Matthew C. Merten, Andrew R. Trick, Ronald D. Barnes, Erik M. Nystrom, Christopher N. George, John C. Gyllenhaal and Wen-Mei W. Hwu; "An Architectural Framework for Run-Time Optimization"; Jun. 2001; 43 Pages; Center for Reliable and High-Performance Computing, 1308 West Main Street, MC-228, Urbana, IL 61801.
Quinn Able Jacobson; "High-Performance Frontends for Trace Processors"; University of Wisconsin-Madison, 1999, pp. 19, 20, 36, 37, 104-122.
Sanjay J. Patel and Steven S. Lumetta; "rePLAY: A Hardware Framework for Dynamic Optimization"; IEEE, vol. 50, No. 6, Jun. 2001, pp. 590-608.
Stephan Jourdan, Adi Yoaz and Mattan Erez; "Increasing the Instruction-Level Parallelism through Data-Flow Manipulation"; 11 pages; Intel Corporation, Performance Microprocessor Division and Microprocessor Research Lab.
Yuan Chou and John Paul Shen; "Instruction Path Coprocessors"; Mar. 2000; 24 Pages; Carnegie Mellon University, Department of ECE, Pittsburgh, PA 15213.
Zhifeng Chen, Yuanyuan Zhou and Kai Li; "Eviction Based Cache Placement for Storage Caches," USENIX 2003 Annual Technical Conference, (13 pages).

Cited By (2)

* Cited by examiner, † Cited by third party
Publication number Priority date Publication date Assignee Title
US20160232046A1 (en) * 2013-09-27 2016-08-11 Fts Computertechnik Gmbh Method for detecting a failure of a constituent system in a system-of-systems
US9766964B2 (en) * 2013-09-27 2017-09-19 Fts Computertechnik Gmbh Method for detecting a failure of a constituent system in a system-of-systems

Also Published As

Publication number Publication date Type
US20140047262A1 (en) 2014-02-13 application

Similar Documents

Publication Publication Date Title
Teehan et al. A survey and taxonomy of GALS design styles
Dobkin et al. Data synchronization issues in GALS SoCs
US20090113245A1 (en) Protocol aware digital channel apparatus
US20120030495A1 (en) Clock Distribution in a Distributed System with Multiple Clock Domains Over a Switched Fabric
US7289946B1 (en) Methodology for verifying multi-cycle and clock-domain-crossing logic using random flip-flop delays
US7500152B2 (en) Apparatus and method for time ordering events in a system having multiple time domains
Nakamura et al. A fast hardware/software co-verification method for system-on-a-chip by using a C/C++ simulator and FPGA emulator with shared register communication
Marshall et al. Designing an asynchronous communications chip
US20090150857A1 (en) Performance software instrumentation and analysis for electronic design automation
Lahiri et al. Fast performance analysis of bus-based system-on-chip communication architectures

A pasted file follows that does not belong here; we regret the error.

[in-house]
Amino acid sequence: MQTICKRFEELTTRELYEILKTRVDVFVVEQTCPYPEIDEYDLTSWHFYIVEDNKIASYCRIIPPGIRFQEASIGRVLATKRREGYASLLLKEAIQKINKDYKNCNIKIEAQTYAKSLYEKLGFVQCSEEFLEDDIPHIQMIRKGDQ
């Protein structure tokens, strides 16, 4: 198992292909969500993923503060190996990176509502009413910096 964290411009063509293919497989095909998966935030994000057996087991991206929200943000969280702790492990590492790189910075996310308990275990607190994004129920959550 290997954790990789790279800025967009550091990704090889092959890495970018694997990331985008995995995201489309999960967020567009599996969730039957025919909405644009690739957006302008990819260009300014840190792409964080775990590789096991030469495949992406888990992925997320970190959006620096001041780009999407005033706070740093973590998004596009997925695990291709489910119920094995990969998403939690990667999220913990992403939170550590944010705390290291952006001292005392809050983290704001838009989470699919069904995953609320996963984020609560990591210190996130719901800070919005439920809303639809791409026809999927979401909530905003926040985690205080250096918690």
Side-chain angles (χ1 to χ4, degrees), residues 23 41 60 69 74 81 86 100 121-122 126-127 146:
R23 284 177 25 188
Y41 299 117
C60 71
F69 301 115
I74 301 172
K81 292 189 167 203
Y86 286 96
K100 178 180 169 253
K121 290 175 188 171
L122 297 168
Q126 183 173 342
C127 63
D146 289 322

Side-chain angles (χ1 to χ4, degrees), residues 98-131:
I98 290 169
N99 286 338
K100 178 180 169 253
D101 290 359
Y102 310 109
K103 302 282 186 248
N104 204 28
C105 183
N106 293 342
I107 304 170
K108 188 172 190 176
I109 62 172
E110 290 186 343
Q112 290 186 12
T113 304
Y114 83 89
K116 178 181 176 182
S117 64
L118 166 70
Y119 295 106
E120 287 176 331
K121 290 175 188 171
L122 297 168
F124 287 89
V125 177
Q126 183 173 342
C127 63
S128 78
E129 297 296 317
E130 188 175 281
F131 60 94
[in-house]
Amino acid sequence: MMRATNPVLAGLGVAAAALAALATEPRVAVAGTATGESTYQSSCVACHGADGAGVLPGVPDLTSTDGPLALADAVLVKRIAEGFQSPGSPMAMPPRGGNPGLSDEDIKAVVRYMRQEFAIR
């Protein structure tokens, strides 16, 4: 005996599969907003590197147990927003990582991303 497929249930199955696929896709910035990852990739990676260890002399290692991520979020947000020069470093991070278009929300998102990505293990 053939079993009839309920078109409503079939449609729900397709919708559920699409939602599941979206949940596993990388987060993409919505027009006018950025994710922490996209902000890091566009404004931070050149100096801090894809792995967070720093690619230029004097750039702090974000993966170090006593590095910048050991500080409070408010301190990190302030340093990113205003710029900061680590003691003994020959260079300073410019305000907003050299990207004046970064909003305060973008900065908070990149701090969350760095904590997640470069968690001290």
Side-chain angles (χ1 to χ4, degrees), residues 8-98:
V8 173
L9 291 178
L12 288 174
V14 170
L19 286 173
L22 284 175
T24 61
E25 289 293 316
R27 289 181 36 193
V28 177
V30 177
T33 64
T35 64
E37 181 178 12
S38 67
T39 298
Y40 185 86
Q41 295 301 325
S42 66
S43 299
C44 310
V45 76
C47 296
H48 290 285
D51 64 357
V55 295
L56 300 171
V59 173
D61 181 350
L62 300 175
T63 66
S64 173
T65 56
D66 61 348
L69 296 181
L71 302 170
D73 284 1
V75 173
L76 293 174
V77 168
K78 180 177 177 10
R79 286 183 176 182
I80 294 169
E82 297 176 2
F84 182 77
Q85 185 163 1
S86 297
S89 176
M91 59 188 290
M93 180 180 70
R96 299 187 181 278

Amde et al. Asynchronous on-chip networks
US5548794A (en) Data processor and method for providing show cycles on a fast multiplexed bus
US20090112548A1 (en) A method for testing in a reconfigurable tester
US7958285B1 (en) System and method to facilitate deterministic testing of data transfers between independent clock domains on a chip
US20050081113A1 (en) Method and apparatus for analyzing digital circuits
US5513338A (en) Apparatus for tracing activity on a bus of an in-circuit emulator
WO2006030195A2 (en) Mehtod and system for debugging a multi- threaded program executing in a multicore architecture
US20080313589A1 (en) Techniques For Use With Automated Circuit Design and Simulations
US7519927B1 (en) Wiring methods to reduce metal variation effects on launch-capture clock pairs in order to minimize cycle-time overlap violations
US20130159780A1 (en) Correlating traces in a computing system
US7779286B1 (en) Design tool clock domain crossing management
US7284143B2 (en) System and method for reducing clock skew
US7673201B1 (en) Recovering a prior state of a circuit design within a programmable integrated circuit
US20090271553A1 (en) Method and apparatus for obtaining trace information of multiple processors on an soc using a segmented trace ring bus to enable a flexible trace output configuration
US20090006894A1 (en) Method and apparatus to debug an integrated circuit chip via synchronous clock stop and scan

Legal Events

Date Code Title Description
AS Assignment

Owner name: ADVANCED MICRO DEVICES, INC., CALIFORNIA

Free format text: ASSIGNMENT OF ASSIGNORS INTEREST;ASSIGNORS:NIXON, SCOTT P.;RENTSCHLER, ERIC M.;REEL/FRAME:028767/0280

Effective date: 20120809

MAFP

Free format text: PAYMENT OF MAINTENANCE FEE, 4TH YEAR, LARGE ENTITY (ORIGINAL EVENT CODE: M1551)

Year of fee payment: 4